Just because the cheer team is so big doesn’t mean any less work or heart gets put into their routines. The team still practices almost everyday after school, working hard to make every routine look and sound great. Support from the student body and football program also plays a big part.
“This is the first year we have truly felt acceptance from our football program and hope to continue that shared passion and support with one another,” coach Erin Basgall said.
Since homecoming is coming soon the team has goals that need to be met and achieved by then. Keep in mind you can’t learn the homecoming routines overnight.
“This year we dedicated all of August and much of September to the homecoming routine. This routine is the longest since I have coached here, and the hardest. The stunt sequence we are building is intricate and intense. It requires a lot of practice time and strength building,” said Basgall about how much time is put into the homecoming routine.
Cheer captain, Sam Baker, explained how being cheer captain has changed her.
“It helped me form a role where I can inspire the younger ones and like help them learn. I’m like the best friend, not like the coach where I yell at you. I’m like the good cop.”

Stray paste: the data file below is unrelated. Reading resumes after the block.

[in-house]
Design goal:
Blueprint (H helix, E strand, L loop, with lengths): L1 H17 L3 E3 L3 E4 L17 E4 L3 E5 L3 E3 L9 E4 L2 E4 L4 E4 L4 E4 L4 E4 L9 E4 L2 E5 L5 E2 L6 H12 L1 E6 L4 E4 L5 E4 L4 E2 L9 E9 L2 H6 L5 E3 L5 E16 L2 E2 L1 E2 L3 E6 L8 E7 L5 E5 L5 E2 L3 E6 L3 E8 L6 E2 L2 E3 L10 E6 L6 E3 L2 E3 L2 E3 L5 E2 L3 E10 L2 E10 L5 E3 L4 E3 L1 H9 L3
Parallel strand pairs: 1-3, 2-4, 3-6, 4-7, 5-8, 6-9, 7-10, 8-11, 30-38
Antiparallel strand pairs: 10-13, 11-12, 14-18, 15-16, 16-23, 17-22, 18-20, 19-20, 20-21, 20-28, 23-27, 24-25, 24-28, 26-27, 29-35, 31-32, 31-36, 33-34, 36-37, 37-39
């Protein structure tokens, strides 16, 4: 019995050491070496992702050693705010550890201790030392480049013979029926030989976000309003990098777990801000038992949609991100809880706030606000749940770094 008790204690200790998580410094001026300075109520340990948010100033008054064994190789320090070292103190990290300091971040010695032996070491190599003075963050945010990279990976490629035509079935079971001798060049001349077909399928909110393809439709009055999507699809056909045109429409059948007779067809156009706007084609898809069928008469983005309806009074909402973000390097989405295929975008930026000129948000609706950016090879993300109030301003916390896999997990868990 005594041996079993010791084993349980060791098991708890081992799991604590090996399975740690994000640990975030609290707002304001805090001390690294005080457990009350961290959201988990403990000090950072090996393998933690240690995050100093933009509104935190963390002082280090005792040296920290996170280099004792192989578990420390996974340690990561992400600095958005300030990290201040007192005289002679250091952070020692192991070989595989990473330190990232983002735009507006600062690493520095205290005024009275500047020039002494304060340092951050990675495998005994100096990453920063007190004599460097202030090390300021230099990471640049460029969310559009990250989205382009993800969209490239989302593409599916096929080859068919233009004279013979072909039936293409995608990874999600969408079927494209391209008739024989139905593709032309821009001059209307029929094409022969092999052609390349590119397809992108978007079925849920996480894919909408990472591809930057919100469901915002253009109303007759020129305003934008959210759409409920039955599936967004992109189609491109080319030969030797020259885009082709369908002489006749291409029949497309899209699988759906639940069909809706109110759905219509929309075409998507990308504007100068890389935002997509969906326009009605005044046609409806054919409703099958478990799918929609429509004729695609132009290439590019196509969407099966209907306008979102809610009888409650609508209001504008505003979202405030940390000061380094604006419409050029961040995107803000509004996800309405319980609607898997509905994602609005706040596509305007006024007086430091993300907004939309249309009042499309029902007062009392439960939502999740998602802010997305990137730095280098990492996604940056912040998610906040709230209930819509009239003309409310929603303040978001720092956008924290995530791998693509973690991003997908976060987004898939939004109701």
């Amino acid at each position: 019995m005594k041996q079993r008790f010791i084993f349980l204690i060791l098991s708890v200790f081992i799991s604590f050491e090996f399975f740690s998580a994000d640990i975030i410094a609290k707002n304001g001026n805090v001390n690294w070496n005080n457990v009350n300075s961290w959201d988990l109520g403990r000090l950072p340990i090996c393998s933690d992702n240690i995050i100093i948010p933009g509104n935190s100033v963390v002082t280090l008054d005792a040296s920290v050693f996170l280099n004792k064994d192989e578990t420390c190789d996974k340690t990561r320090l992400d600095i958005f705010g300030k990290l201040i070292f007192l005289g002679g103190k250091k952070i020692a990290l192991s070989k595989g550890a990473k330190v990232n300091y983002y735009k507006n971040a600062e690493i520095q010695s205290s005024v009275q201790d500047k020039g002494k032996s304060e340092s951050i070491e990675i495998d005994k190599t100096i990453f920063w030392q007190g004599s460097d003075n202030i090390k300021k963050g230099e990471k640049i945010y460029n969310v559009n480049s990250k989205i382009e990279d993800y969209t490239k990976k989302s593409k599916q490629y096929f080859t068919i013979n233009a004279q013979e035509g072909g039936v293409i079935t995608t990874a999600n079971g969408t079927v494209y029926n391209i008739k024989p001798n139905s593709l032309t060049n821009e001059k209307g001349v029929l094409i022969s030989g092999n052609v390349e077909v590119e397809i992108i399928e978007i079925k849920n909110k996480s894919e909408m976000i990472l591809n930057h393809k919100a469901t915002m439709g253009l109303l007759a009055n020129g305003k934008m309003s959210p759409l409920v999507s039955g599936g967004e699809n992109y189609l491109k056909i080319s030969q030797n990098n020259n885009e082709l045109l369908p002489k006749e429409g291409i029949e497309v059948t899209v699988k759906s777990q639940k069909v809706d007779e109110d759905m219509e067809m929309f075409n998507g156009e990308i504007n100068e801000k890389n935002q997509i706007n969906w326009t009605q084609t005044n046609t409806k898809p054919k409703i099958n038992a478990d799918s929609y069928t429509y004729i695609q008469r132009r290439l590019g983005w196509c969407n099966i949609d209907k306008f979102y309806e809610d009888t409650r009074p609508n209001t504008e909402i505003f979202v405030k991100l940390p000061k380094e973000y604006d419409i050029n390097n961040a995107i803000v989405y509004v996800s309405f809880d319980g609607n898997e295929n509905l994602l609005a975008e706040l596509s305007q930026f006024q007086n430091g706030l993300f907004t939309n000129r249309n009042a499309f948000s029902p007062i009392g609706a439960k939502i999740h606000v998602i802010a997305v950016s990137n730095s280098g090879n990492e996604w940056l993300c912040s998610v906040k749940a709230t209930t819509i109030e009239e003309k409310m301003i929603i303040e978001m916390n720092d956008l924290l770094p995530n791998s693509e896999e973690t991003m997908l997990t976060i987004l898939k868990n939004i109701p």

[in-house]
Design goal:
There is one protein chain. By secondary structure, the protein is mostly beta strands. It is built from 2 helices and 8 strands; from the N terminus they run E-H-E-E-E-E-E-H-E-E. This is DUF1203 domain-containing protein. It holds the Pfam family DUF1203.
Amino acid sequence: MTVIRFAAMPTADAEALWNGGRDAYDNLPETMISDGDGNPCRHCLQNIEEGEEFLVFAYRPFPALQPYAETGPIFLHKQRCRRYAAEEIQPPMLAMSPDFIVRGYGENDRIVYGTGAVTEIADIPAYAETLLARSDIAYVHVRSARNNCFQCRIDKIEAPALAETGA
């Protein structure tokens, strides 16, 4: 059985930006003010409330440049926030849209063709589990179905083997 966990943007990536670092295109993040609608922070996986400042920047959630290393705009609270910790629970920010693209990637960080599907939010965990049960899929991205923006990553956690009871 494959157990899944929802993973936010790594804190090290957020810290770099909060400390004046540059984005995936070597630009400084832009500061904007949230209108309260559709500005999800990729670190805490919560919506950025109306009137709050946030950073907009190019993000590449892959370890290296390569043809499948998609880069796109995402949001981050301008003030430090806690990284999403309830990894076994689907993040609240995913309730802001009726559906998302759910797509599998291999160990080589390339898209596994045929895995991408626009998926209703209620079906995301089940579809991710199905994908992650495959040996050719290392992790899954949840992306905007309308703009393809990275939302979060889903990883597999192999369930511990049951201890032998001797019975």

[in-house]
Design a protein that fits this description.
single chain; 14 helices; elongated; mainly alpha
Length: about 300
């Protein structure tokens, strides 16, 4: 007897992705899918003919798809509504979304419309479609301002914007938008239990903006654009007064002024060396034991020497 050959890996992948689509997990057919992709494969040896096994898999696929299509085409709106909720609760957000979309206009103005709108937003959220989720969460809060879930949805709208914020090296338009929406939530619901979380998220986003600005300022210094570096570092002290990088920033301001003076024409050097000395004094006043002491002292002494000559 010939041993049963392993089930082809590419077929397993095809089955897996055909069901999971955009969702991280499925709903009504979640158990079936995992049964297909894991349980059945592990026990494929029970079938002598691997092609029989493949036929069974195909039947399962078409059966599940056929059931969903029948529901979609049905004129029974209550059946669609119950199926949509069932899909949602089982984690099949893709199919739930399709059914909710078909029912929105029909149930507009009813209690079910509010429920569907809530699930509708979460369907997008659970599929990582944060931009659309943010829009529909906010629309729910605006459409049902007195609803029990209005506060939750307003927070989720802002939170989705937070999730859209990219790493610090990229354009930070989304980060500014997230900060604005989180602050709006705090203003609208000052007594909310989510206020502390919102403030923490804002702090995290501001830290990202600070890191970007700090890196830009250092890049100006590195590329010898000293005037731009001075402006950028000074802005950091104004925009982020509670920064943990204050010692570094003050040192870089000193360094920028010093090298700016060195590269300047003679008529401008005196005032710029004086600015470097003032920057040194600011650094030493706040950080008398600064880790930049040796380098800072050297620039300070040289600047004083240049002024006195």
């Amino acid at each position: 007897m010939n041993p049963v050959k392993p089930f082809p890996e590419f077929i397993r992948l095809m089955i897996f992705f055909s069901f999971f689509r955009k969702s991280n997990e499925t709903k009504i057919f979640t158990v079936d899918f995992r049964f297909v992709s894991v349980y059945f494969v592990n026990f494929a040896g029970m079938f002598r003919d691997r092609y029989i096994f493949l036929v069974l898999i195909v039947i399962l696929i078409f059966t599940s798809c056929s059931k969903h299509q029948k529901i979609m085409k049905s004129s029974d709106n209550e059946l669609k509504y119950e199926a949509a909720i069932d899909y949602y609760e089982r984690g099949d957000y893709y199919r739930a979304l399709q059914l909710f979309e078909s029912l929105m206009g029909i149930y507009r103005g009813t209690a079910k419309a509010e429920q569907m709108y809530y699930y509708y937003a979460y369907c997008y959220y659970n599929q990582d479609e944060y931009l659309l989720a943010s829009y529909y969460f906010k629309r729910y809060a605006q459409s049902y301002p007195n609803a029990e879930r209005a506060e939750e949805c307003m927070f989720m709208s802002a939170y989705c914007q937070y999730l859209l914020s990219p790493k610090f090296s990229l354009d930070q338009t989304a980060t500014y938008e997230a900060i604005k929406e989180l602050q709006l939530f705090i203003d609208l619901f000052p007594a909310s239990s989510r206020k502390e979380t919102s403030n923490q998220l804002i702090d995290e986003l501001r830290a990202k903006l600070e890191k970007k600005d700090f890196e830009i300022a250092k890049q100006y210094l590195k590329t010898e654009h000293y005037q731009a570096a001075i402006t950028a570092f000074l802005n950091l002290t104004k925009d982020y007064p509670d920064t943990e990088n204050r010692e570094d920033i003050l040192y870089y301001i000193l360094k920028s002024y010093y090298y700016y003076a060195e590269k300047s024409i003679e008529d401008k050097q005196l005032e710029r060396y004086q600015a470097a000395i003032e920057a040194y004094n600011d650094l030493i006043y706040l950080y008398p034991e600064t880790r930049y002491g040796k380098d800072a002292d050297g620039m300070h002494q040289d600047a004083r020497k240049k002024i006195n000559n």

“I just have to know that people are looking up to me so I know that I have to step up and lead,” said Brandi Bennett about how being cheer captain has not changed her, but motivated her.
Something new this year is that there is a male on the cheer team, and it’s Tyler Bennett. I asked him how he thinks he motivates the team, and how the cheer team changes him. Tyler motivates the team by “being peppy” with a 1-10 scale he says that his peppiness is at a 30.
“It’s given me a lot more confidence to be me and do what I want to do and not do what others want me to do. A lot of people wanted me to play football, and I don’t want to play football. I wanted to do cheer.” Truthfully spoken by Tyler Bennett about how being on the cheer team has changed him.
Wishing good luck and true pep to the varsity cheer team.